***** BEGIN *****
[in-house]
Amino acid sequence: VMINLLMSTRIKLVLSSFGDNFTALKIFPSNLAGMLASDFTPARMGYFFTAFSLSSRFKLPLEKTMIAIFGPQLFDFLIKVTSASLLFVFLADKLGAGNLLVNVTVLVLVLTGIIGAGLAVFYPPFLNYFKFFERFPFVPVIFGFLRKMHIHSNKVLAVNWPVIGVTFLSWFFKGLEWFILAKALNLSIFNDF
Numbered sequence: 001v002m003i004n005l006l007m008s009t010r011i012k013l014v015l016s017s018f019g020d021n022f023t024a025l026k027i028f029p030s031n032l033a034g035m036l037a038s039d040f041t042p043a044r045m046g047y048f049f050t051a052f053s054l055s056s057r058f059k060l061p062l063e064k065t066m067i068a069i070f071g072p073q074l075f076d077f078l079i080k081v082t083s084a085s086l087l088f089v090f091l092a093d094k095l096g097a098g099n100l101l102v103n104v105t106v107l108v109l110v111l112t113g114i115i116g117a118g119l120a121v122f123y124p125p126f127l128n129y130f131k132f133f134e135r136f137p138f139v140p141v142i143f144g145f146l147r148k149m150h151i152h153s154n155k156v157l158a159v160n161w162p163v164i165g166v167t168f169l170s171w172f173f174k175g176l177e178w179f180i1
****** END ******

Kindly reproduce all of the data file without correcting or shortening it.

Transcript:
[in-house]
Amino acid sequence: VMINLLMSTRIKLVLSSFGDNFTALKIFPSNLAGMLASDFTPARMGYFFTAFSLSSRFKLPLEKTMIAIFGPQLFDFLIKVTSASLLFVFLADKLGAGNLLVNVTVLVLVLTGIIGAGLAVFYPPFLNYFKFFERFPFVPVIFGFLRKMHIHSNKVLAVNWPVIGVTFLSWFFKGLEWFILAKALNLSIFNDF
Numbered sequence: 001v002m003i004n005l006l007m008s009t010r011i012k013l014v015l016s017s018f019g020d021n022f023t024a025l026k027i028f029p030s031n032l033a034g035m036l037a038s039d040f041t042p043a044r045m046g047y048f049f050t051a052f053s054l055s056s057r058f059k060l061p062l063e064k065t066m067i068a069i070f071g072p073q074l075f076d077f078l079i080k081v082t083s084a085s086l087l088f089v090f091l092a093d094k095l096g097a098g099n100l101l102v103n104v105t106v107l108v109l110v111l112t113g114i115i116g117a118g119l120a121v122f123y124p125p126f127l128n129y130f131k132f133f134e135r136f137p138f139v140p141v142i143f144g145f146l147r148k149m150h151i152h153s154n155k156v157l158a159v160n161w162p163v164i165g166v167t168f169l170s171w172f173f174k175g176l177e178w179f180i1